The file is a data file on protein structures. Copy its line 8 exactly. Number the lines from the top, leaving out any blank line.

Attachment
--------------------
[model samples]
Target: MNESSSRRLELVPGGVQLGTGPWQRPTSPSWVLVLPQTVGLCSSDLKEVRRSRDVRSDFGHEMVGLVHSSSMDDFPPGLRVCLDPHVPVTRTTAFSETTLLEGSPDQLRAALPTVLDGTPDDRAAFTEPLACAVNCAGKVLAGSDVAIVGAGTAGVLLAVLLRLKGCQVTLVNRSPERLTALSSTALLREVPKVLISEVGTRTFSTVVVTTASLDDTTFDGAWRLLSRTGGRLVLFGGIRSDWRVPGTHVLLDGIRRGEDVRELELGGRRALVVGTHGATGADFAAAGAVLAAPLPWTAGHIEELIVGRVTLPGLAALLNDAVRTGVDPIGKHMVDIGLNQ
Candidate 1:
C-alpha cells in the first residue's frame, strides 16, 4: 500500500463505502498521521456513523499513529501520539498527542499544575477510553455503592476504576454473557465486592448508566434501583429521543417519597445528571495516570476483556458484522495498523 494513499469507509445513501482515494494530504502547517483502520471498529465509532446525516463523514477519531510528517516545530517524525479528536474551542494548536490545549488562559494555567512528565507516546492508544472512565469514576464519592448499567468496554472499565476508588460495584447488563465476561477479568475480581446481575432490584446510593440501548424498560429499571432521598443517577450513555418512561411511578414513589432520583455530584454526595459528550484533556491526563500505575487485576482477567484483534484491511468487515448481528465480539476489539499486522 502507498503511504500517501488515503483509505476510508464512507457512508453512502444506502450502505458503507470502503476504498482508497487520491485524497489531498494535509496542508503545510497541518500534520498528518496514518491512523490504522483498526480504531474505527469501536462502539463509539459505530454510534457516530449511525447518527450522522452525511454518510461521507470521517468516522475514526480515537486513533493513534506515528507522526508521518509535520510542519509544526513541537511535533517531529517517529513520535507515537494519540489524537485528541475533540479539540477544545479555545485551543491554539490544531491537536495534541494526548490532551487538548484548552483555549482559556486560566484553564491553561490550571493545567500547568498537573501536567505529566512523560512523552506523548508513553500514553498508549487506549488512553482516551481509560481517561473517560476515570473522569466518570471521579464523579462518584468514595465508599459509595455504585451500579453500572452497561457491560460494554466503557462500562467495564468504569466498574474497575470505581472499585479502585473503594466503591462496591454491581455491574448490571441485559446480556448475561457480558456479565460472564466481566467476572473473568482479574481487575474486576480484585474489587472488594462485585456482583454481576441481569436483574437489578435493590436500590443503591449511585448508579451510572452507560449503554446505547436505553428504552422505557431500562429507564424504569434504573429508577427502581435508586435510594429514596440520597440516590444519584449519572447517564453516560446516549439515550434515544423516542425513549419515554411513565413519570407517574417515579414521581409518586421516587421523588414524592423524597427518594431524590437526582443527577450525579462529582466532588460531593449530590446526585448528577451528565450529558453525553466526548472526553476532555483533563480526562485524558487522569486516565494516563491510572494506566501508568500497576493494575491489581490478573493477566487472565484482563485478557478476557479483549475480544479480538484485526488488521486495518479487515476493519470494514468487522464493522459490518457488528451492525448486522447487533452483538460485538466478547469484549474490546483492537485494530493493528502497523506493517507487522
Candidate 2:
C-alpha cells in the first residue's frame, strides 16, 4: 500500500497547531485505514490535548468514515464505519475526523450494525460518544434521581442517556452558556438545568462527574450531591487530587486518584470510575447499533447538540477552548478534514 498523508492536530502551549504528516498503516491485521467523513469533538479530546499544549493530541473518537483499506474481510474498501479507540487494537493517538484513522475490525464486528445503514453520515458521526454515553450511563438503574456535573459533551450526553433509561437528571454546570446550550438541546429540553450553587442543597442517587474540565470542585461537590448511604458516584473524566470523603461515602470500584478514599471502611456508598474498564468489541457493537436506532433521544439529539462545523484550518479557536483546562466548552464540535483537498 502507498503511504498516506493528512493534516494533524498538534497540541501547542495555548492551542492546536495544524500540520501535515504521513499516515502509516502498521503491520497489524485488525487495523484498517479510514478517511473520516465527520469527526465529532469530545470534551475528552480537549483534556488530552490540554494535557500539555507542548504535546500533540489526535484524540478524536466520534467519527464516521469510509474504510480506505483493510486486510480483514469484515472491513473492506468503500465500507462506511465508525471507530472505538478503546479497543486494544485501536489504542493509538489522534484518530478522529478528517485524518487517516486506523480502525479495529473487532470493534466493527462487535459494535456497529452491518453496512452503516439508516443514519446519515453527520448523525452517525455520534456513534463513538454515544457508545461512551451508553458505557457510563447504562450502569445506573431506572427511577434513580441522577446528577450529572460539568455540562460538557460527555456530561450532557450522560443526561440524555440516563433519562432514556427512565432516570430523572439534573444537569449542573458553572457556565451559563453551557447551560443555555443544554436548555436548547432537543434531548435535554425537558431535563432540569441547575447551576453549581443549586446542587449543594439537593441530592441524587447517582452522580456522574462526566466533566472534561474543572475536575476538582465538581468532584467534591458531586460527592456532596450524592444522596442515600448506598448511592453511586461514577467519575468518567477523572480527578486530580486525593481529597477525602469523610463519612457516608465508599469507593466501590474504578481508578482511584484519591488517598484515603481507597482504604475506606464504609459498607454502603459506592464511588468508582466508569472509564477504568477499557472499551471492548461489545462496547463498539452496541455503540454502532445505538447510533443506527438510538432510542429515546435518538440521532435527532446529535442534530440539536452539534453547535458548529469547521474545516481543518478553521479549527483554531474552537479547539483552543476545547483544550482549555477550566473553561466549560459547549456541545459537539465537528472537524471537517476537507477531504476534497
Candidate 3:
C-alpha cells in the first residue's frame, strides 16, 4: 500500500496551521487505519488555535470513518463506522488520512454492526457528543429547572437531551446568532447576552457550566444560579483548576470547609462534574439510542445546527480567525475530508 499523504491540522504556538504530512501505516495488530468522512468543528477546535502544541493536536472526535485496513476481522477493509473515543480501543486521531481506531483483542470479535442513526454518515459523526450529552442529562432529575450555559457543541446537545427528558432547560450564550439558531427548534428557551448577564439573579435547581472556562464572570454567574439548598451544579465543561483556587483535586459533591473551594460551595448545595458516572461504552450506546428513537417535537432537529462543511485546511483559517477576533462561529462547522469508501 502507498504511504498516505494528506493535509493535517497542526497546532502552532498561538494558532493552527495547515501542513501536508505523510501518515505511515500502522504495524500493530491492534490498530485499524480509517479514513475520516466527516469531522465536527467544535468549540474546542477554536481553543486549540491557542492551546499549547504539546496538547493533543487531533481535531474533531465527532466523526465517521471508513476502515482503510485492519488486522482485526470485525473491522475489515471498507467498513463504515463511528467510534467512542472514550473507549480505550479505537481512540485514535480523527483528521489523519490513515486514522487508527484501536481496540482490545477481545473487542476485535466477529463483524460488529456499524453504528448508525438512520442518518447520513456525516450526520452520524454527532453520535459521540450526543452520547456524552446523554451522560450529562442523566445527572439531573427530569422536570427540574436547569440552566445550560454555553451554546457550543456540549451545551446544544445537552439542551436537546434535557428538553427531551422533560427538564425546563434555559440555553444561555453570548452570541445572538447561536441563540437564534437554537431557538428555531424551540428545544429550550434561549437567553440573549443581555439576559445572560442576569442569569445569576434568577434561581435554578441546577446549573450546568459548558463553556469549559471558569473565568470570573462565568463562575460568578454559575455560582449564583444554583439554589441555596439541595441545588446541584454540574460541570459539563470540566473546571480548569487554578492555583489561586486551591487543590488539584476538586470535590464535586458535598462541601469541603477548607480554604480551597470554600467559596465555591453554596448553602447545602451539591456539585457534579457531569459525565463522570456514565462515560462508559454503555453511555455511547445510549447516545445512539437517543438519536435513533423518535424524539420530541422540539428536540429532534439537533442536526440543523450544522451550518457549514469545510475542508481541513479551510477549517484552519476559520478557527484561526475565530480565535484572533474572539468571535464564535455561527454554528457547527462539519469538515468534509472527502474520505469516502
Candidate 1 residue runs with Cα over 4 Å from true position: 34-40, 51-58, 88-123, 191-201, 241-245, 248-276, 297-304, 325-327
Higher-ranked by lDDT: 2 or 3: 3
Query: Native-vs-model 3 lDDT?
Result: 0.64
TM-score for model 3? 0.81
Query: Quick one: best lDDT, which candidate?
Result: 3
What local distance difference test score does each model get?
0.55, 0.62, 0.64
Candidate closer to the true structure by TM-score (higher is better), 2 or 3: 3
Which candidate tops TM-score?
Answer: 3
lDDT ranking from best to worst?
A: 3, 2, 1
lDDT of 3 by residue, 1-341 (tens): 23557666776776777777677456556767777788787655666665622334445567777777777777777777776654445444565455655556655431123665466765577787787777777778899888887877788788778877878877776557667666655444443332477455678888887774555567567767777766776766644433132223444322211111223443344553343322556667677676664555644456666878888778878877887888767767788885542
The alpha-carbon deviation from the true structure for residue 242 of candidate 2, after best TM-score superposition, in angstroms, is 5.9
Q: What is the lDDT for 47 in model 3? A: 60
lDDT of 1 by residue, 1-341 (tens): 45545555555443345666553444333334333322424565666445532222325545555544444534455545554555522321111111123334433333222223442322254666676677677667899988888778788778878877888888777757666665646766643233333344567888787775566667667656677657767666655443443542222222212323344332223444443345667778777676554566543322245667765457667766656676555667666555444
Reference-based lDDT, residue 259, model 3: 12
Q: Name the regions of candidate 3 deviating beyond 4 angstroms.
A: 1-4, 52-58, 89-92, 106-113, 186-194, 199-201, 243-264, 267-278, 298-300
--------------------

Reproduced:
C-alpha cells in the first residue's frame, strides 16, 4: 500500500496551521487505519488555535470513518463506522488520512454492526457528543429547572437531551446568532447576552457550566444560579483548576470547609462534574439510542445546527480567525475530508 499523504491540522504556538504530512501505516495488530468522512468543528477546535502544541493536536472526535485496513476481522477493509473515543480501543486521531481506531483483542470479535442513526454518515459523526450529552442529562432529575450555559457543541446537545427528558432547560450564550439558531427548534428557551448577564439573579435547581472556562464572570454567574439548598451544579465543561483556587483535586459533591473551594460551595448545595458516572461504552450506546428513537417535537432537529462543511485546511483559517477576533462561529462547522469508501 502507498504511504498516505494528506493535509493535517497542526497546532502552532498561538494558532493552527495547515501542513501536508505523510501518515505511515500502522504495524500493530491492534490498530485499524480509517479514513475520516466527516469531522465536527467544535468549540474546542477554536481553543486549540491557542492551546499549547504539546496538547493533543487531533481535531474533531465527532466523526465517521471508513476502515482503510485492519488486522482485526470485525473491522475489515471498507467498513463504515463511528467510534467512542472514550473507549480505550479505537481512540485514535480523527483528521489523519490513515486514522487508527484501536481496540482490545477481545473487542476485535466477529463483524460488529456499524453504528448508525438512520442518518447520513456525516450526520452520524454527532453520535459521540450526543452520547456524552446523554451522560450529562442523566445527572439531573427530569422536570427540574436547569440552566445550560454555553451554546457550543456540549451545551446544544445537552439542551436537546434535557428538553427531551422533560427538564425546563434555559440555553444561555453570548452570541445572538447561536441563540437564534437554537431557538428555531424551540428545544429550550434561549437567553440573549443581555439576559445572560442576569442569569445569576434568577434561581435554578441546577446549573450546568459548558463553556469549559471558569473565568470570573462565568463562575460568578454559575455560582449564583444554583439554589441555596439541595441545588446541584454540574460541570459539563470540566473546571480548569487554578492555583489561586486551591487543590488539584476538586470535590464535586458535598462541601469541603477548607480554604480551597470554600467559596465555591453554596448553602447545602451539591456539585457534579457531569459525565463522570456514565462515560462508559454503555453511555455511547445510549447516545445512539437517543438519536435513533423518535424524539420530541422540539428536540429532534439537533442536526440543523450544522451550518457549514469545510475542508481541513479551510477549517484552519476559520478557527484561526475565530480565535484572533474572539468571535464564535455561527454554528457547527462539519469538515468534509472527502474520505469516502